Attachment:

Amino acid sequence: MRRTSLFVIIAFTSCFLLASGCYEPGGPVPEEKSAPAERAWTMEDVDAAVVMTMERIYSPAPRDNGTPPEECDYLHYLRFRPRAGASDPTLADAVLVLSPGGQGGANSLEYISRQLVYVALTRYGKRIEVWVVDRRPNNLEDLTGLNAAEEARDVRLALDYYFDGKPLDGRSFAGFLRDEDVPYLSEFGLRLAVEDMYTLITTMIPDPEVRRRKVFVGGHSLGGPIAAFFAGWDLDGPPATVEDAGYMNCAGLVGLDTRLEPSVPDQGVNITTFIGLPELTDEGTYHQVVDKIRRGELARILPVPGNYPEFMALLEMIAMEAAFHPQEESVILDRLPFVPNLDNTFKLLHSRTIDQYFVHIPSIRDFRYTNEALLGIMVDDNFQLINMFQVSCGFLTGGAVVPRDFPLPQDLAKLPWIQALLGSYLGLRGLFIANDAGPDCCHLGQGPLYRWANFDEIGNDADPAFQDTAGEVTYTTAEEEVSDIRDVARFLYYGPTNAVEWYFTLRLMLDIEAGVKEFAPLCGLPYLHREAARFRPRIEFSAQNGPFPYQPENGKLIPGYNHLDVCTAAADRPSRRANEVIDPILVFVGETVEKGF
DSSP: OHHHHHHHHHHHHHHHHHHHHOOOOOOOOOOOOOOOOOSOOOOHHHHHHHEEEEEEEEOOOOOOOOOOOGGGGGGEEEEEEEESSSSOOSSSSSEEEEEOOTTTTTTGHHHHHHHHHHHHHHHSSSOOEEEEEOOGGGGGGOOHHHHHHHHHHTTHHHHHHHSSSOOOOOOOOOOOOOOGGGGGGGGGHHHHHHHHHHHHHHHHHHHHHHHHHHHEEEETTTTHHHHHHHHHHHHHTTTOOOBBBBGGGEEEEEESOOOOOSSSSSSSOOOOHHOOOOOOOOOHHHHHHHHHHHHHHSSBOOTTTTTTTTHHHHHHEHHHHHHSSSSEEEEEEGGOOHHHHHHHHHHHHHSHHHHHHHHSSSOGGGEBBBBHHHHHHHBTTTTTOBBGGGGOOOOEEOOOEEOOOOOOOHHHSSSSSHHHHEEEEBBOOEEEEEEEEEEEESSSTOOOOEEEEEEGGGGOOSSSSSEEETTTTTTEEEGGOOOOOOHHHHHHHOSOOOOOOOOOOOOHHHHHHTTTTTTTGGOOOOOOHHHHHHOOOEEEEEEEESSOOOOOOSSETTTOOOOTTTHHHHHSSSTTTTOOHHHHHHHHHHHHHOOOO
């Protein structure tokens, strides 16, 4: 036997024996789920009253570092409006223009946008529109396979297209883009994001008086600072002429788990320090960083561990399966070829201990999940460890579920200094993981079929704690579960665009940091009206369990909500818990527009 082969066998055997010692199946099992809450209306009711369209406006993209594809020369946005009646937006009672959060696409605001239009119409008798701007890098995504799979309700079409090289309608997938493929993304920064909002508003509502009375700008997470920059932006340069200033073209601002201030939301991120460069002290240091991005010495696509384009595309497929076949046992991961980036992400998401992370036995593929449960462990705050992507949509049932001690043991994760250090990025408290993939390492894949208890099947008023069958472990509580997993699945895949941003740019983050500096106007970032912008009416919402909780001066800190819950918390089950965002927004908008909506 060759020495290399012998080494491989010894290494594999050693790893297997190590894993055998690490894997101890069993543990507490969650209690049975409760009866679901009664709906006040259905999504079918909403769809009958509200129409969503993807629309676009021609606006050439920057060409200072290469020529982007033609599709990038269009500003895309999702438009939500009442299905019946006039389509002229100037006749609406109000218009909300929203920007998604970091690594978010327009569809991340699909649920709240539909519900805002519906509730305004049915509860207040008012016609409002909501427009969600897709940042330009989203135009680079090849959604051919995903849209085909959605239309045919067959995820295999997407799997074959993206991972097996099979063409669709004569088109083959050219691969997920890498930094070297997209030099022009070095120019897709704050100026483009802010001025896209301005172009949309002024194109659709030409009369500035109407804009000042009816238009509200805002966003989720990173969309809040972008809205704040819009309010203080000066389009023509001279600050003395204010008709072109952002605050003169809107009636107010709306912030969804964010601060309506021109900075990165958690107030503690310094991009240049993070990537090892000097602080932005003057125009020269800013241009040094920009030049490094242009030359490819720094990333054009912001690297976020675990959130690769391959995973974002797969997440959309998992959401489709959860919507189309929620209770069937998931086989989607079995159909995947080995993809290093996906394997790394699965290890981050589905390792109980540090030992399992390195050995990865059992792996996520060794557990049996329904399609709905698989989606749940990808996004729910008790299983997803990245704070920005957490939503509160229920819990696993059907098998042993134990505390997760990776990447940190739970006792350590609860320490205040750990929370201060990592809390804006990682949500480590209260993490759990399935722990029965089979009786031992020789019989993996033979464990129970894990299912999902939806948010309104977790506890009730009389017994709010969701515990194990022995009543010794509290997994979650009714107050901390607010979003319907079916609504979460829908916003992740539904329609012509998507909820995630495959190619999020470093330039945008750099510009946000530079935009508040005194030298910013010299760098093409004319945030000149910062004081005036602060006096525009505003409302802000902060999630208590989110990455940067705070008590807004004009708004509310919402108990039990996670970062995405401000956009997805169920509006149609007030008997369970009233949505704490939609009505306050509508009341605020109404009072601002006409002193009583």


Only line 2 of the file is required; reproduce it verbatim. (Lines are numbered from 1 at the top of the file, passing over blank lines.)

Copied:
DSSP: OHHHHHHHHHHHHHHHHHHHHOOOOOOOOOOOOOOOOOSOOOOHHHHHHHEEEEEEEEOOOOOOOOOOOGGGGGGEEEEEEEESSSSOOSSSSSEEEEEOOTTTTTTGHHHHHHHHHHHHHHHSSSOOEEEEEOOGGGGGGOOHHHHHHHHHHTTHHHHHHHSSSOOOOOOOOOOOOOOGGGGGGGGGHHHHHHHHHHHHHHHHHHHHHHHHHHHEEEETTTTHHHHHHHHHHHHHTTTOOOBBBBGGGEEEEEESOOOOOSSSSSSSOOOOHHOOOOOOOOOHHHHHHHHHHHHHHSSBOOTTTTTTTTHHHHHHEHHHHHHSSSSEEEEEEGGOOHHHHHHHHHHHHHSHHHHHHHHSSSOGGGEBBBBHHHHHHHBTTTTTOBBGGGGOOOOEEOOOEEOOOOOOOHHHSSSSSHHHHEEEEBBOOEEEEEEEEEEEESSSTOOOOEEEEEEGGGGOOSSSSSEEETTTTTTEEEGGOOOOOOHHHHHHHOSOOOOOOOOOOOOHHHHHHTTTTTTTGGOOOOOOHHHHHHOOOEEEEEEEESSOOOOOOSSETTTOOOOTTTHHHHHSSSTTTTOOHHHHHHHHHHHHHOOOO